National History Standards

The National History Standard was developed by the National Center for History in the Schools, at the University of California, in 1996. This standard was developed after four years of intensive work by history teachers, social studies specialists, school supervisors and other state education professionals and professional historians in order to address the disturbing fact that American students knew very little about American history and even less about world history. In a national test in 1988 only a small minority of seniors were able to show even a general sense of the history of America and were not familiar with important texts like the Declaration of Independence. The National Standards of World History were produced in order to help schools and teachers improve the teaching of history and social sciences and also to outline which topics should be taught in grades 5 to 12.

A lot of the underlying problems highlighted by the National History Standard can be traced back to the fact that many social science teachers are not trained and have no specific background in the subject they are teaching. Instead of competence in teaching history being valued, the state educational authorities would rather the teacher is enthusiastic and has a degree in pedagogy instead, as these two values are deemed more important than teaching a subject, particularly as the school takes the place of the care that a traditional two-parent home used to give. This emphasis on the way the subject is taught, but not what is taught, is one of the main grievances of teachers and the main reason why they say that history education in schools is substandard.

The development of history standards also turned out to be contentious politically, which is not surprising due to the interpretative nature of the subject. History can be taught factually or with a subjective perspective, and this subjectivism got caught up in other ideological arguments within American society between different interest groups and institutions in all levels of society. With the changing society in America, the national history standards needed to reflect this and take the changes into account which overall diluted the effect they had on history teaching.

For example, the fact that by the 1990s America was accepting that it was becoming a multi-cultural society meant that the teaching of history now had to respect this change. However, conservative American history teaching would teach rather the history of America than the history of the immigrant communities now living within its borders. The history of slavery and Black History Month would be controversial to and stir up feelings among both the descendents of slaves and also among the southerners. Also, when teaching the subject, thought must be given to the sources, both primary and secondary, that would be used. The sources are important as they give a bias one way or another toward the events, and it is this bias that was caught up in societal debates about the formation of American multi-cultural history. This debate was further exacerbated by the existence in America of well-funded groups at the extremes, both left and right, of the American political system; for example, Rush Limbaugh, who would prefer to tell a narrative of American history from the view of the white male rather than take into account any minority groups, including women. These public attacks on the formation of the national history standards meant that the national history standard became more politicized than it had any right to be.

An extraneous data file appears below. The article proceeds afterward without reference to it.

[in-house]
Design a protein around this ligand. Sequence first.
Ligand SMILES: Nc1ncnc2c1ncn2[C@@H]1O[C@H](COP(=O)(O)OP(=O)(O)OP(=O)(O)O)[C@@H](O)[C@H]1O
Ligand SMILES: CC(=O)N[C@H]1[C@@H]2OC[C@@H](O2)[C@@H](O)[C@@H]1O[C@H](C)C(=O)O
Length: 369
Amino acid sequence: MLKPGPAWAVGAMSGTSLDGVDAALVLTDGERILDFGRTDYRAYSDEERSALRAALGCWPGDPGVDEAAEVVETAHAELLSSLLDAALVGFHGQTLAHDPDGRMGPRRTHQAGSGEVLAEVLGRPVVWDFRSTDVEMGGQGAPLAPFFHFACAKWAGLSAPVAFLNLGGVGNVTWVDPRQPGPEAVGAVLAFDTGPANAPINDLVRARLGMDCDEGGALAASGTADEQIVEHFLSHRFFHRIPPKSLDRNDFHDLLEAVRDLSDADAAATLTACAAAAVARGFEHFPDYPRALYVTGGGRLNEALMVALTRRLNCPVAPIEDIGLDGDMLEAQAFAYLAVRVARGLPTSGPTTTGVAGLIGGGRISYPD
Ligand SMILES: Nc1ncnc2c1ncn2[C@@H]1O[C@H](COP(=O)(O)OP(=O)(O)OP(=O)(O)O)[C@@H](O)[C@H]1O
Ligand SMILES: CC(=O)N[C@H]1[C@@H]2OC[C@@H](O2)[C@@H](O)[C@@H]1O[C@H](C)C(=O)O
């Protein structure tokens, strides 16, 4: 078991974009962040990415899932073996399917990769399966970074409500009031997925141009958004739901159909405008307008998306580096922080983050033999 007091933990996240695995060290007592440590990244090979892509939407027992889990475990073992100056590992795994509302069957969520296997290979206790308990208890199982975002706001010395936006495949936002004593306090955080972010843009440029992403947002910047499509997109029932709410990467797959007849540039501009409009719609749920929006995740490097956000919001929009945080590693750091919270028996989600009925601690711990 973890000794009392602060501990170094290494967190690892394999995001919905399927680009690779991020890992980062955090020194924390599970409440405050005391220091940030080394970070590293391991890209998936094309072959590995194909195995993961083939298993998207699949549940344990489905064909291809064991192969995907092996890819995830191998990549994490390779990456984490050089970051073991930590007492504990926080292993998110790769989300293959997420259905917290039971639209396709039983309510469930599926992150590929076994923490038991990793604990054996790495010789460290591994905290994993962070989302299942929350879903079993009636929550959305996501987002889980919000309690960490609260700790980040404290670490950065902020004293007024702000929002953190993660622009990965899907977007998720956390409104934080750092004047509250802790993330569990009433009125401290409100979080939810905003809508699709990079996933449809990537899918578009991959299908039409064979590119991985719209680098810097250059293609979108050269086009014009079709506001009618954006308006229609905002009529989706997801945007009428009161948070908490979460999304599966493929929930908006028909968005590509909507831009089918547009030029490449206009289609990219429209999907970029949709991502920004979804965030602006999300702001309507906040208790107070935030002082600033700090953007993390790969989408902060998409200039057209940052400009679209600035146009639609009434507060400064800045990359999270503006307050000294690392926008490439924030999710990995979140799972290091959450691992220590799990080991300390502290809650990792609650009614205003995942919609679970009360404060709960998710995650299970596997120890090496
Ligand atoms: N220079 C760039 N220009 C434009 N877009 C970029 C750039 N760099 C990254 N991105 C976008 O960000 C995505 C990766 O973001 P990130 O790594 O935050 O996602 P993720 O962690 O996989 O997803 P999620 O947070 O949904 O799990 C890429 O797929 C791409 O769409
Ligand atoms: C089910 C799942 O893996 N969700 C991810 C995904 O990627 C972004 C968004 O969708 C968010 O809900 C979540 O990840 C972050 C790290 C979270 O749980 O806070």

The attacks on the national standard on history then took on a great importance as it came to represent a battle over the national story that would be taught to students in all schools and a knowable historical truth. History teachers would rather focus on the teaching of analytical skills that would help students analyze the different sources and evidence available to reach their own conclusions. Unlike mathematics, history is not a subject that is objective and the interpretative nature of history meant the national history standards became a political battlefield to create an approved history of America (and the world) rather than a genuine attempt to improve the standards of history teaching in American schools.

Selected full-text books and articles on this topic

The History Standards Controversy and Social History
Nash, Gary B.
Journal of Social History, Vol. 29, No. SUPP, Winter 1996
Everything Old Is New Again: Social History, the National History Standards and the Crisis in the Teaching of High School American History
Bienstock, Barry W.
Journal of Social History, Vol. 29, No. SUPP, Winter 1996
What's College For? The Struggle to Define American Higher Education
Zachary Karabell.
Basic Books, 1998
Librarian’s tip: Chap. 7 "History Standards"
What's at Stake in the K-12 Standards Wars: A Primer for Educational Policy Makers
Sandra Stotsky.
Peter Lang, 2000
Librarian’s tip: Chap. 7 "Why the Battle Over History Standards?"
The Great Speckled Bird: Multicultural Politics and Education Policymaking
Catherine Cornbleth; Dexter Waugh.
St. Martin's Press, 1995
Librarian’s tip: Includes "Standardizing America" in Chap. 7
The Double-Consciousness of the Academic Historian
Lewis, Jan.
Journal of Social History, Vol. 29, No. SUPP, Winter 1996
The Battle over History Standards: A Survey of Recent Articles
.
The Wilson Quarterly, Vol. 19, No. 4, Autumn 1995
Pathways to Success in School: Culturally Responsive Teaching
Etta R. Hollins; Eileen I. Oliver.
Lawrence Erlbaum Associates, 1999
Librarian’s tip: "Establishing National History Standards" begins on p. 132
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